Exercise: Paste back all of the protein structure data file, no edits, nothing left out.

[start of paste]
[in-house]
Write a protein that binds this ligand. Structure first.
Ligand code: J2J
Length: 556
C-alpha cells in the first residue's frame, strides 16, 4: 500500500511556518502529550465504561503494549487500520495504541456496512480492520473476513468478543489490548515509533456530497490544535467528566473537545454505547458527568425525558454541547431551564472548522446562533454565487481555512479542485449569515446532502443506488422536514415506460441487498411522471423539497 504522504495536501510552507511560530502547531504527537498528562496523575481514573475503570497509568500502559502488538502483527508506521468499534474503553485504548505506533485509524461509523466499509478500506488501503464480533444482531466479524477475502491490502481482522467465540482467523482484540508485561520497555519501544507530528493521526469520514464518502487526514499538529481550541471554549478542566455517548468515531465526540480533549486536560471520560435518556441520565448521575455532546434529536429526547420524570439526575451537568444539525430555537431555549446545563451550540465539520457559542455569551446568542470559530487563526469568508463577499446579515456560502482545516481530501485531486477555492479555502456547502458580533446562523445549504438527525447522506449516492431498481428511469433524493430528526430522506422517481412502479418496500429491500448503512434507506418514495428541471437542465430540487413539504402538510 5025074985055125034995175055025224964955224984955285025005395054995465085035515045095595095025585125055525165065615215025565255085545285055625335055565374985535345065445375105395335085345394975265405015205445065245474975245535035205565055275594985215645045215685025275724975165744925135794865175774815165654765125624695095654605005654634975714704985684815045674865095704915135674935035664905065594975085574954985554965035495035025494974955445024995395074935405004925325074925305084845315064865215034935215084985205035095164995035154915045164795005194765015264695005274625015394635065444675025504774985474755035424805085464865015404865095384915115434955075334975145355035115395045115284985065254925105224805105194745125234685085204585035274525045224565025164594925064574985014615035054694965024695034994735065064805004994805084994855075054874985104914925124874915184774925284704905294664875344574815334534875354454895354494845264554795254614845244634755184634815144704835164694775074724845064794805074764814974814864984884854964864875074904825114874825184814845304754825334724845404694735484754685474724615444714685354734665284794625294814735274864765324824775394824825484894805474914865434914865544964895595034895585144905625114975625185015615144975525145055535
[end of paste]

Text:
[in-house]
Write a protein that binds this ligand. Structure first.
Ligand code: J2J
Length: 556
C-alpha cells in the first residue's frame, strides 16, 4: 500500500511556518502529550465504561503494549487500520495504541456496512480492520473476513468478543489490548515509533456530497490544535467528566473537545454505547458527568425525558454541547431551564472548522446562533454565487481555512479542485449569515446532502443506488422536514415506460441487498411522471423539497 504522504495536501510552507511560530502547531504527537498528562496523575481514573475503570497509568500502559502488538502483527508506521468499534474503553485504548505506533485509524461509523466499509478500506488501503464480533444482531466479524477475502491490502481482522467465540482467523482484540508485561520497555519501544507530528493521526469520514464518502487526514499538529481550541471554549478542566455517548468515531465526540480533549486536560471520560435518556441520565448521575455532546434529536429526547420524570439526575451537568444539525430555537431555549446545563451550540465539520457559542455569551446568542470559530487563526469568508463577499446579515456560502482545516481530501485531486477555492479555502456547502458580533446562523445549504438527525447522506449516492431498481428511469433524493430528526430522506422517481412502479418496500429491500448503512434507506418514495428541471437542465430540487413539504402538510 5025074985055125034995175055025224964955224984955285025005395054995465085035515045095595095025585125055525165065615215025565255085545285055625335055565374985535345065445375105395335085345394975265405015205445065245474975245535035205565055275594985215645045215685025275724975165744925135794865175774815165654765125624695095654605005654634975714704985684815045674865095704915135674935035664905065594975085574954985554965035495035025494974955445024995395074935405004925325074925305084845315064865215034935215084985205035095164995035154915045164795005194765015264695005274625015394635065444675025504774985474755035424805085464865015404865095384915115434955075334975145355035115395045115284985065254925105224805105194745125234685085204585035274525045224565025164594925064574985014615035054694965024695034994735065064805004994805084994855075054874985104914925124874915184774925284704905294664875344574815334534875354454895354494845264554795254614845244634755184634815144704835164694775074724845064794805074764814974814864984884854964864875074904825114874825184814845304754825334724845404694735484754685474724615444714685354734665284794625294814735274864765324824775394824825484894805474914865434914865544964895595034895585144905625114975625185015615144975525145055535